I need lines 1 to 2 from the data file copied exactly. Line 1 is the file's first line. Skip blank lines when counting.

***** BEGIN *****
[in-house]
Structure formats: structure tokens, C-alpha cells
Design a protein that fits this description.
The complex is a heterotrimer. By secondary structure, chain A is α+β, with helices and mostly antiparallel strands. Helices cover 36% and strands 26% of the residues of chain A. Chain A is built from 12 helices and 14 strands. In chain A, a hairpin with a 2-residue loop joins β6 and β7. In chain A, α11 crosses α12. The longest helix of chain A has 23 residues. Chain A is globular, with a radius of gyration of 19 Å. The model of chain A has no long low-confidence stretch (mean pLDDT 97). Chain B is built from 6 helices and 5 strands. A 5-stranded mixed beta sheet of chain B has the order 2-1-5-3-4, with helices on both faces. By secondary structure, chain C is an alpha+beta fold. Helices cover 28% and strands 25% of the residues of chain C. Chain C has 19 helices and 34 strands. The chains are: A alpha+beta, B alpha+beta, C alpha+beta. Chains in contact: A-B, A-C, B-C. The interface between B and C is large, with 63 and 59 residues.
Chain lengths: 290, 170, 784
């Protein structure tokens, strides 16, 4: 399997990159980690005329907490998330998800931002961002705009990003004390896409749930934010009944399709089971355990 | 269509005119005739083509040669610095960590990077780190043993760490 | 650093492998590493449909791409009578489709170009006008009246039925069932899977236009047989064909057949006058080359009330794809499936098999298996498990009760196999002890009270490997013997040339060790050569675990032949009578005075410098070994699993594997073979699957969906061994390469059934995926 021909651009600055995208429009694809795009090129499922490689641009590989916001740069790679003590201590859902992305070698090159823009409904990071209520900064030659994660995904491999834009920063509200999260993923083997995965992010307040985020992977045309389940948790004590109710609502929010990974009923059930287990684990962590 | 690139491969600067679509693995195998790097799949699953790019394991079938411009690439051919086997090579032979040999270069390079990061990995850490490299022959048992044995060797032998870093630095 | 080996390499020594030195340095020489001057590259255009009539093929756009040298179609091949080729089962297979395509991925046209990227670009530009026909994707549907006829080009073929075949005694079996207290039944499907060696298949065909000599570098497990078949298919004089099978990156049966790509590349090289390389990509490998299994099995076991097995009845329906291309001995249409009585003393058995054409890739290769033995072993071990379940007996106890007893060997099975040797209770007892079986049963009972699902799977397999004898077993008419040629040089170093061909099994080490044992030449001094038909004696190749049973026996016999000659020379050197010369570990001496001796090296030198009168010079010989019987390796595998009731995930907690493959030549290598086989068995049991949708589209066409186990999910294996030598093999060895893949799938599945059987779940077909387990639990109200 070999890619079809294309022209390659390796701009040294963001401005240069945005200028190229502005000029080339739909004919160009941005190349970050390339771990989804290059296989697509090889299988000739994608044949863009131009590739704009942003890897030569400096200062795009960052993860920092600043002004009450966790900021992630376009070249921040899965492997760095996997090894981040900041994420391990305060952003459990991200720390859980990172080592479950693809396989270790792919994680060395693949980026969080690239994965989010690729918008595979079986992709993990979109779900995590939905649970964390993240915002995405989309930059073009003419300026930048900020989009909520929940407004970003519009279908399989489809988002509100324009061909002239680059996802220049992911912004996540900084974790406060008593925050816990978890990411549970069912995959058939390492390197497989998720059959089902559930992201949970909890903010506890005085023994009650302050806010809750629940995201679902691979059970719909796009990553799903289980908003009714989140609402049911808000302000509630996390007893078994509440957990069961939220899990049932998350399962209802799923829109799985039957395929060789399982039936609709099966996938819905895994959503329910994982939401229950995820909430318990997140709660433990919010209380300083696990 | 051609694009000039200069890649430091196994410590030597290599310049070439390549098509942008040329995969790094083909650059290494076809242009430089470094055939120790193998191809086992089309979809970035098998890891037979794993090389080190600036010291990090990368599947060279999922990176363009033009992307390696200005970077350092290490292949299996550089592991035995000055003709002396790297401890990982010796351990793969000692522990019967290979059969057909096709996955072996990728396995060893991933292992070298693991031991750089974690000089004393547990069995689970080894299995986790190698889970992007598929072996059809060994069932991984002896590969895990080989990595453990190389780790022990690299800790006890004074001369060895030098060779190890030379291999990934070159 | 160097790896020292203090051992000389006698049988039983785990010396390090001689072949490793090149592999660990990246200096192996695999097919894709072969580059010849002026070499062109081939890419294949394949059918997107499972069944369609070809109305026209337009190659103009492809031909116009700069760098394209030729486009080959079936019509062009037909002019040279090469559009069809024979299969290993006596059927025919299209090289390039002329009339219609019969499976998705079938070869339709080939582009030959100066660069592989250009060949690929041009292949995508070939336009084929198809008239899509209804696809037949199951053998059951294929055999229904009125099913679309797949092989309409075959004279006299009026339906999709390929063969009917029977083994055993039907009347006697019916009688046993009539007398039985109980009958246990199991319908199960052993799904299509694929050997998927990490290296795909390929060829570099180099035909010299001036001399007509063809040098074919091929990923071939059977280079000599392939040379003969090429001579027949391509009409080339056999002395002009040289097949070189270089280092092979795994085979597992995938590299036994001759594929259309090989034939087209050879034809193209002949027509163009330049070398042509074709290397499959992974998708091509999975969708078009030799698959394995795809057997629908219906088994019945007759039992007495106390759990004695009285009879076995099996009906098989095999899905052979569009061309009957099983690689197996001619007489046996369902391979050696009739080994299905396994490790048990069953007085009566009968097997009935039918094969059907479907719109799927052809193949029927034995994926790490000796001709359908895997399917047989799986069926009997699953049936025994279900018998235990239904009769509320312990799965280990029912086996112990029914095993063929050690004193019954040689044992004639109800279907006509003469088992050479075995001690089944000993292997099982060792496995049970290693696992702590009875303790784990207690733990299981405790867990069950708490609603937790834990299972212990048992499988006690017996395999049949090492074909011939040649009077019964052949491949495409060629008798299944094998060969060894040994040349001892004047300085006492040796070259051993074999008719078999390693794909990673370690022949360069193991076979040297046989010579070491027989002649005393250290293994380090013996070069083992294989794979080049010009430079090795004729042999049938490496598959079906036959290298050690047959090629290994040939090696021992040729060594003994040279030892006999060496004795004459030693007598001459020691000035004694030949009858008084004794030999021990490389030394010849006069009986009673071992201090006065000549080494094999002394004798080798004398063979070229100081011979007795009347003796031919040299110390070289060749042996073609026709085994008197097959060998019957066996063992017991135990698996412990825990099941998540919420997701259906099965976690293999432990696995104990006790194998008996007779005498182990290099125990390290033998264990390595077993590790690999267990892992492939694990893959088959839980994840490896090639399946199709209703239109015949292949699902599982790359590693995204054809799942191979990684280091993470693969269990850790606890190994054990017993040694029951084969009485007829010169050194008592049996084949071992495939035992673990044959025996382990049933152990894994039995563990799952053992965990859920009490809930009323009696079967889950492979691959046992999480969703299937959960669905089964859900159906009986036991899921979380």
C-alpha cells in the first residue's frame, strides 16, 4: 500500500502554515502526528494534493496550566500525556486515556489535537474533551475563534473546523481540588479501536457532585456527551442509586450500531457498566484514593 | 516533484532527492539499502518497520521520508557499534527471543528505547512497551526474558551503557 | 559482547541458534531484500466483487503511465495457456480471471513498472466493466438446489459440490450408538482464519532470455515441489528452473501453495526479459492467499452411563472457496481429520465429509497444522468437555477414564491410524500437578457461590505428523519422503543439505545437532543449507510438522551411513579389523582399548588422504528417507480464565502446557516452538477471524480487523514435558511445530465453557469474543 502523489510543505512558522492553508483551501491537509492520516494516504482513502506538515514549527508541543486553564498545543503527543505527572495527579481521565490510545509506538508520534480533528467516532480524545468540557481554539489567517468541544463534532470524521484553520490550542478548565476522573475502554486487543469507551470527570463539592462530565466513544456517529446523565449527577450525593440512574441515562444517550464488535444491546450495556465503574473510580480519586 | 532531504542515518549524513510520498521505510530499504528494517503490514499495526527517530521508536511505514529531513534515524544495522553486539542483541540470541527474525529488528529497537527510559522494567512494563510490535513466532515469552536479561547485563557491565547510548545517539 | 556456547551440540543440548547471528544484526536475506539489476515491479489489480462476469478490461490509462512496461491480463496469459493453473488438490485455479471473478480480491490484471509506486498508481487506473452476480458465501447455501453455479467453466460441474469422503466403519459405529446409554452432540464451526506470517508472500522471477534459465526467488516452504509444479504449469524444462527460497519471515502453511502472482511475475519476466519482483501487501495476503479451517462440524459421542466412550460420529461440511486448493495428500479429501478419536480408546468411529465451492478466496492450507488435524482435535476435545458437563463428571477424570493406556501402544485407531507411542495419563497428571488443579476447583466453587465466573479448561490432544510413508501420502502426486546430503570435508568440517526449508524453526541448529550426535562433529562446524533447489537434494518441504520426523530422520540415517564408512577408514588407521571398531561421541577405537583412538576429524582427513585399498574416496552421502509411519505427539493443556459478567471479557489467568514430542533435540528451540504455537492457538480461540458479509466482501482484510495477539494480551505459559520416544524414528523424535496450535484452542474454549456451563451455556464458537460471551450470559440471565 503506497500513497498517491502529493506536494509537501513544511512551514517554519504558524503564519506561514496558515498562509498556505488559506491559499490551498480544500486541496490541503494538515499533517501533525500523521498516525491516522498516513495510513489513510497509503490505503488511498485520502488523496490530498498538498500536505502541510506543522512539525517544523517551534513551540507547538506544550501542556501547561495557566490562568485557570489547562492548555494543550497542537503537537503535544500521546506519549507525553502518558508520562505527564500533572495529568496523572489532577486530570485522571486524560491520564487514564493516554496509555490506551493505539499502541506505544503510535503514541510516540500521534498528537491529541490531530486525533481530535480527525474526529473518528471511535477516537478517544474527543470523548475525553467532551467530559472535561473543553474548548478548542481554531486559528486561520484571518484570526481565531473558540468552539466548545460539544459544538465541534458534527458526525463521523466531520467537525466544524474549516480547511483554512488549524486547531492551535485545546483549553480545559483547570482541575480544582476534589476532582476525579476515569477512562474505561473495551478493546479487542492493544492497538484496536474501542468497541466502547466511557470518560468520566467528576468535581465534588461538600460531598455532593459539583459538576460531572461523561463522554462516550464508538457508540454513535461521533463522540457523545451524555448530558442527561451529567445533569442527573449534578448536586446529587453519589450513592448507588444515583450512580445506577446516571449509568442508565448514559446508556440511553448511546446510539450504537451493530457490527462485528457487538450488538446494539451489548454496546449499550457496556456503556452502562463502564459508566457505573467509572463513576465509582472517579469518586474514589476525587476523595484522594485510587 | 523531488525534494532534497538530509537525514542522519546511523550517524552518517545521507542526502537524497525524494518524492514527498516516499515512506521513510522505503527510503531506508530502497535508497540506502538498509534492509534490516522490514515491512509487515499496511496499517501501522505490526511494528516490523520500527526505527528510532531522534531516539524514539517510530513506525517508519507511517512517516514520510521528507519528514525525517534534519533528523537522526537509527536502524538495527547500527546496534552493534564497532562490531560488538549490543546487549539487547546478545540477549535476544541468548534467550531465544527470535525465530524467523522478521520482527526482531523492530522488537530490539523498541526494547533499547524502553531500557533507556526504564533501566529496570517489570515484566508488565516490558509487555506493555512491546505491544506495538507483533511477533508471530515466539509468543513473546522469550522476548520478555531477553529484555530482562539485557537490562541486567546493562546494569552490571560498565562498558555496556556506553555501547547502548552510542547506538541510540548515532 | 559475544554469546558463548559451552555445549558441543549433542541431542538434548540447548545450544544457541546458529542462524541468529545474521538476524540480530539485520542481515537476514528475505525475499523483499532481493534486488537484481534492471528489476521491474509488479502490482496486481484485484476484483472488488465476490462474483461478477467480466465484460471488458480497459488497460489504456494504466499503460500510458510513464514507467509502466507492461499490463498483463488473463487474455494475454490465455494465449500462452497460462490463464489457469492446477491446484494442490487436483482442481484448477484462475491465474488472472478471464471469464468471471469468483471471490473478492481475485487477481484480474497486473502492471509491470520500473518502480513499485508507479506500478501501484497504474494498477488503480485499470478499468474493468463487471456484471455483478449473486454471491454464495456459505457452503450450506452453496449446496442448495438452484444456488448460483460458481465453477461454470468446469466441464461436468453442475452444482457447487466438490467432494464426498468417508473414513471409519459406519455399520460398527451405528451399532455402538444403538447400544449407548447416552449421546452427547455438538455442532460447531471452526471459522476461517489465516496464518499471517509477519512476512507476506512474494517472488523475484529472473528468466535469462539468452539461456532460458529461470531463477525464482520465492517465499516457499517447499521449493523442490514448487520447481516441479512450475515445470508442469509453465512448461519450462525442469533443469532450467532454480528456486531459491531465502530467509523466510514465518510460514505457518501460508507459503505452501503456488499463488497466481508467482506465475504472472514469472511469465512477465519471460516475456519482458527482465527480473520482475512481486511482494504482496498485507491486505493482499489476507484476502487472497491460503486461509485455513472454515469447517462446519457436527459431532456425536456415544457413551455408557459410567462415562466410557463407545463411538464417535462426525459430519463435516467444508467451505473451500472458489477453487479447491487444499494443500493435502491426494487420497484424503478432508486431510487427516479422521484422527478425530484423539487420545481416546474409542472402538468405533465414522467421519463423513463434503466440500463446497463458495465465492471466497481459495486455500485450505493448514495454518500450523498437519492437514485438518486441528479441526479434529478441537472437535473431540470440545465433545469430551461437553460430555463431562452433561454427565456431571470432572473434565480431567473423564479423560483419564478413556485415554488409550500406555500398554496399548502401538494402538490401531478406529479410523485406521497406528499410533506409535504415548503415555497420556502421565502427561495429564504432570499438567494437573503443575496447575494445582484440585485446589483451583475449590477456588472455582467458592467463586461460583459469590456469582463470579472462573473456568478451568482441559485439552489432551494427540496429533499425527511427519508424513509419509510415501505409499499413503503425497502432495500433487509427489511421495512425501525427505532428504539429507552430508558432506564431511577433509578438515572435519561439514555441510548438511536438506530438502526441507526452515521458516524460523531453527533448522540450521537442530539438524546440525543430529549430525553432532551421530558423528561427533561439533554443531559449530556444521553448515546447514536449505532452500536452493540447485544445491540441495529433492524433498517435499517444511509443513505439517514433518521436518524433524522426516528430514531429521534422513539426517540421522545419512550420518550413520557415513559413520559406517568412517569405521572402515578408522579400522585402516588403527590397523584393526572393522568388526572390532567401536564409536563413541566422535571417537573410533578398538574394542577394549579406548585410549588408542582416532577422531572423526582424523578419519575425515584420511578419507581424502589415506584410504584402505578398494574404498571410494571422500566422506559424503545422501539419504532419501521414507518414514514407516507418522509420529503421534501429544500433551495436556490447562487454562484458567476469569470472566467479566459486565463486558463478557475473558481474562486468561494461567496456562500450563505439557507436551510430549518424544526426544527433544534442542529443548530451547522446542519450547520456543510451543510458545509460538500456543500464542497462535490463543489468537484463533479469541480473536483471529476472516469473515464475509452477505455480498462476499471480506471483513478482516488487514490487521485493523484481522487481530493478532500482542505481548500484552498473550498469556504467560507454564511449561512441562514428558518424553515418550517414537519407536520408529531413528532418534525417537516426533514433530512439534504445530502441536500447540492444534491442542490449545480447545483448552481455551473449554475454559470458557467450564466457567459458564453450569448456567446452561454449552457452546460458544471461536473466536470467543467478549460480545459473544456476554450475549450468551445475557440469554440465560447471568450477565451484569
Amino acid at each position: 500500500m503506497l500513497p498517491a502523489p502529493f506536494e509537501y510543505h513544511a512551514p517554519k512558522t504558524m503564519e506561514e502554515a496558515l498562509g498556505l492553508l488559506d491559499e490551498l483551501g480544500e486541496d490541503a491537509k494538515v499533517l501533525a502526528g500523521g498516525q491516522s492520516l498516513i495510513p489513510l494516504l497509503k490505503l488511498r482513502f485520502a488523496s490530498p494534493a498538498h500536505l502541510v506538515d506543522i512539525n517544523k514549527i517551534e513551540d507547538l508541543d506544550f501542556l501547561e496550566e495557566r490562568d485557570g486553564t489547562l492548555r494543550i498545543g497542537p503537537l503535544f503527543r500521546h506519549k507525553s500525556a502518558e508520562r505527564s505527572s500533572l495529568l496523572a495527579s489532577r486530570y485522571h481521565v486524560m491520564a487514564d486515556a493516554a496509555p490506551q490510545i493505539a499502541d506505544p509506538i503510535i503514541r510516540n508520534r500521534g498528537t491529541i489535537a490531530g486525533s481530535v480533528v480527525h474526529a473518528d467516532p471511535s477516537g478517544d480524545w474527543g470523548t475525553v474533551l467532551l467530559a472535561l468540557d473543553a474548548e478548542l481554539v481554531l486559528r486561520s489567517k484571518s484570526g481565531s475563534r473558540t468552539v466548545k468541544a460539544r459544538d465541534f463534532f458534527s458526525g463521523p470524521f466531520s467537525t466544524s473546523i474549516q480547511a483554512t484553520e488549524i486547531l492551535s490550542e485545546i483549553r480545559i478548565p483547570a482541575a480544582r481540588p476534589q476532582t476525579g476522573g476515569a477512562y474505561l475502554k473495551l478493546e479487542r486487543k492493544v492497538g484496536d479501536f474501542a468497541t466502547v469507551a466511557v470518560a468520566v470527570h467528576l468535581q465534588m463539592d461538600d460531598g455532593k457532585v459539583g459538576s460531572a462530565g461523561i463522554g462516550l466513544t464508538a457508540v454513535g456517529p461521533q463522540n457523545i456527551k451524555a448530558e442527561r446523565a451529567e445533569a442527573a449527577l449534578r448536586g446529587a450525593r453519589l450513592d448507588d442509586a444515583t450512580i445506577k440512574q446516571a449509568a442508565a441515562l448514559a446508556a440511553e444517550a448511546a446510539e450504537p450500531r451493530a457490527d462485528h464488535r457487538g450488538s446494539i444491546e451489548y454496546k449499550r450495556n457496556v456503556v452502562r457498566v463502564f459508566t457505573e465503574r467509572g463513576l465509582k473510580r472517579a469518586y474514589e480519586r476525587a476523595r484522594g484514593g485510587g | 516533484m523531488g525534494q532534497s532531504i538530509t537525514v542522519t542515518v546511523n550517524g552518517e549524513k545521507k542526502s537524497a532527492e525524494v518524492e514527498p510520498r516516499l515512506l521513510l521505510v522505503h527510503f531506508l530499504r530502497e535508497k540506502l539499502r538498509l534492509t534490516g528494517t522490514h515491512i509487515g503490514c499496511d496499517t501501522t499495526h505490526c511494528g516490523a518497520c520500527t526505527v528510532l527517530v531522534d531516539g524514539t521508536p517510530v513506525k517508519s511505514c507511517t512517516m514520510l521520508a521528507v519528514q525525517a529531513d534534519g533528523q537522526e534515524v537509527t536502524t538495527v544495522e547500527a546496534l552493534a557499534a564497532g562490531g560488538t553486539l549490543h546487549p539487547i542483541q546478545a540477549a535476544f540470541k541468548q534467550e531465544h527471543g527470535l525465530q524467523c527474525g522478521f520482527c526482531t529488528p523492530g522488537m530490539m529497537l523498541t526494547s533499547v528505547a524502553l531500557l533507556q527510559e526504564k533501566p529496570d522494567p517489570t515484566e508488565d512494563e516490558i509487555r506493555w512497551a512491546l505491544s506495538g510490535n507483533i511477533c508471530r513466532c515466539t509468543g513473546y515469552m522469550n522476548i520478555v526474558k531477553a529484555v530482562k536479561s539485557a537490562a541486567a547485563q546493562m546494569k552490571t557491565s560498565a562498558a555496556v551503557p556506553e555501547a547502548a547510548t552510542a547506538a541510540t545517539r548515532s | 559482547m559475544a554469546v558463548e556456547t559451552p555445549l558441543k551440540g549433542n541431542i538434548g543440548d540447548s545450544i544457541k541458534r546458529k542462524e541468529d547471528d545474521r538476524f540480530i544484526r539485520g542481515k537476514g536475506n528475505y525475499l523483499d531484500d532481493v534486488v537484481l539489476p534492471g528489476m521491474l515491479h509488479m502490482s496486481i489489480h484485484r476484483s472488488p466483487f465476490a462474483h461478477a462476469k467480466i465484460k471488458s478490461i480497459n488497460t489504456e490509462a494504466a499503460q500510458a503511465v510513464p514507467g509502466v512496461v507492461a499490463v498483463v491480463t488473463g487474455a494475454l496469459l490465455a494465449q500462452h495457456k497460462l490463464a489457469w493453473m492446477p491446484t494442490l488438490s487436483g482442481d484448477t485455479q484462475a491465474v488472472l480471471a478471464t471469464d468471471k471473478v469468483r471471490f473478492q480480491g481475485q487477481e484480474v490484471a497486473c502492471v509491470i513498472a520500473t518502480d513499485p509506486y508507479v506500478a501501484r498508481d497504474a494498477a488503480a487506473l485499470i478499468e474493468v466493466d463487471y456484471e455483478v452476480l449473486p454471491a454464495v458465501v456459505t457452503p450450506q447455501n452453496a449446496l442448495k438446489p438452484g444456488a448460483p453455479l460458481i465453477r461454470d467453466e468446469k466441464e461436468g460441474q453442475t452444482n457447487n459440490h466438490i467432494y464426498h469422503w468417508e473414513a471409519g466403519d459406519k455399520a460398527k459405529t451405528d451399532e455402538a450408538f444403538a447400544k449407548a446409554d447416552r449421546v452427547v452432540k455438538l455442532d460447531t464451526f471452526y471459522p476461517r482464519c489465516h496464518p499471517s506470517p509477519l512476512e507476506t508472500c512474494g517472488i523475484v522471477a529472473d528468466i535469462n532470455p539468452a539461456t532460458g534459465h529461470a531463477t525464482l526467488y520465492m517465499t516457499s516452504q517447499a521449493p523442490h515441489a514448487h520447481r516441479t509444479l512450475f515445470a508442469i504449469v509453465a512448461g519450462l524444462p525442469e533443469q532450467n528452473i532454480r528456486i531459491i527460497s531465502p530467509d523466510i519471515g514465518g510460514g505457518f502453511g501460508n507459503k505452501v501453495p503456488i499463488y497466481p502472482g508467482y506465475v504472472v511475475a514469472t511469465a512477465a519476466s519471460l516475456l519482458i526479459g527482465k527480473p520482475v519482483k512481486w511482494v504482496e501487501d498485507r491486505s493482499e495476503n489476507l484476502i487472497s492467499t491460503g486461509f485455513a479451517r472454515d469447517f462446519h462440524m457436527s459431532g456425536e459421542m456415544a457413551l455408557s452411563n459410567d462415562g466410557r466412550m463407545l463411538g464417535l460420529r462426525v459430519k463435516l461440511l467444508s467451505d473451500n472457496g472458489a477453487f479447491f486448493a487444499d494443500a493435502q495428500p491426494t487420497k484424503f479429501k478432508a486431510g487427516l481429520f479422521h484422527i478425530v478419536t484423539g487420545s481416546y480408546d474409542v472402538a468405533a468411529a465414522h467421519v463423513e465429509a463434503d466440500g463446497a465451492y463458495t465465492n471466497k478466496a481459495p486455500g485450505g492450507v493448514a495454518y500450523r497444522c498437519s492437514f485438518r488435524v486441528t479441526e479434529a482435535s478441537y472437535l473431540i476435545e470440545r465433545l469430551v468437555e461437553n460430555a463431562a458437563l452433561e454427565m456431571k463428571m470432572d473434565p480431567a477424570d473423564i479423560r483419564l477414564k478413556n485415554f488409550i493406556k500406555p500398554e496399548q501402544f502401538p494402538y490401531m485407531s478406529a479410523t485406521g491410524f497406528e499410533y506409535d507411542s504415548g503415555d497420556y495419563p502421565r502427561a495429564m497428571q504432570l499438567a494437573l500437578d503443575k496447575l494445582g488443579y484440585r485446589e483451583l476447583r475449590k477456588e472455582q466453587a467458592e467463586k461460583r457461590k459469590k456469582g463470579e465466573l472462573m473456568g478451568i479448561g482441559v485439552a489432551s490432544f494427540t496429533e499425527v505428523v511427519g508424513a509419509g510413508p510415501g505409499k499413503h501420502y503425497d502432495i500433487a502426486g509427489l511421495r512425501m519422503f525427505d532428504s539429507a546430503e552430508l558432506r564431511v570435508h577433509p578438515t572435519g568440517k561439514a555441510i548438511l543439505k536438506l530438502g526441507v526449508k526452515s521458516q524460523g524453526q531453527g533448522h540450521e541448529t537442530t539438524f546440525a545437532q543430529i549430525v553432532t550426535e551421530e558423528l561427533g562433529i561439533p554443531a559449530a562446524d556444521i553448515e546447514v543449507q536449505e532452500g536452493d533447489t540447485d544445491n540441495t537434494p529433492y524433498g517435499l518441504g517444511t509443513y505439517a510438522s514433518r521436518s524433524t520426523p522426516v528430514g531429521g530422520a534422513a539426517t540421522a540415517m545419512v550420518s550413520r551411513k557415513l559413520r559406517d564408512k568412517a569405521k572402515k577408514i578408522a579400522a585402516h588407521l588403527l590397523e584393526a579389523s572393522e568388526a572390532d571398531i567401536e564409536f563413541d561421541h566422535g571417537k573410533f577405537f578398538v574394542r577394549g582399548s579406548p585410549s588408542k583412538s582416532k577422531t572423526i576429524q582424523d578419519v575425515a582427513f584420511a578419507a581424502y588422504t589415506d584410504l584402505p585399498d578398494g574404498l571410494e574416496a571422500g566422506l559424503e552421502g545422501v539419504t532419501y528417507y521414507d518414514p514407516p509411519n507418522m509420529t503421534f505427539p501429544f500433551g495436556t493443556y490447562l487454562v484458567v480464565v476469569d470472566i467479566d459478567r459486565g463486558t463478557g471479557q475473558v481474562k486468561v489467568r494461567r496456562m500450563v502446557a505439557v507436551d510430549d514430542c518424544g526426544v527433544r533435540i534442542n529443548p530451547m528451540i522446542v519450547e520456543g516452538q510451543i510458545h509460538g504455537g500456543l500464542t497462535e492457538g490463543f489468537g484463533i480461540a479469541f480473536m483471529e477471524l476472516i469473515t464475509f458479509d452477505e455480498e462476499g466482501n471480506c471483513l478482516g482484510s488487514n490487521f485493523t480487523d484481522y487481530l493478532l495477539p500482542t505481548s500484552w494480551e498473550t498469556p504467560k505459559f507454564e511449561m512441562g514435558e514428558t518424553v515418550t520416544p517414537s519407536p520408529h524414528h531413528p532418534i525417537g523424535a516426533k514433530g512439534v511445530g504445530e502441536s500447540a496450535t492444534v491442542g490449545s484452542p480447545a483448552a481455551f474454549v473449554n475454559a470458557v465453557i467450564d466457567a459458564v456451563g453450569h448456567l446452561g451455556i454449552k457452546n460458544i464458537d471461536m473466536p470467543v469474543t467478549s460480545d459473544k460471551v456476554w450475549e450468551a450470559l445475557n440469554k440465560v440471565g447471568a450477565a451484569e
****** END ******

[in-house]
Structure formats: structure tokens, C-alpha cells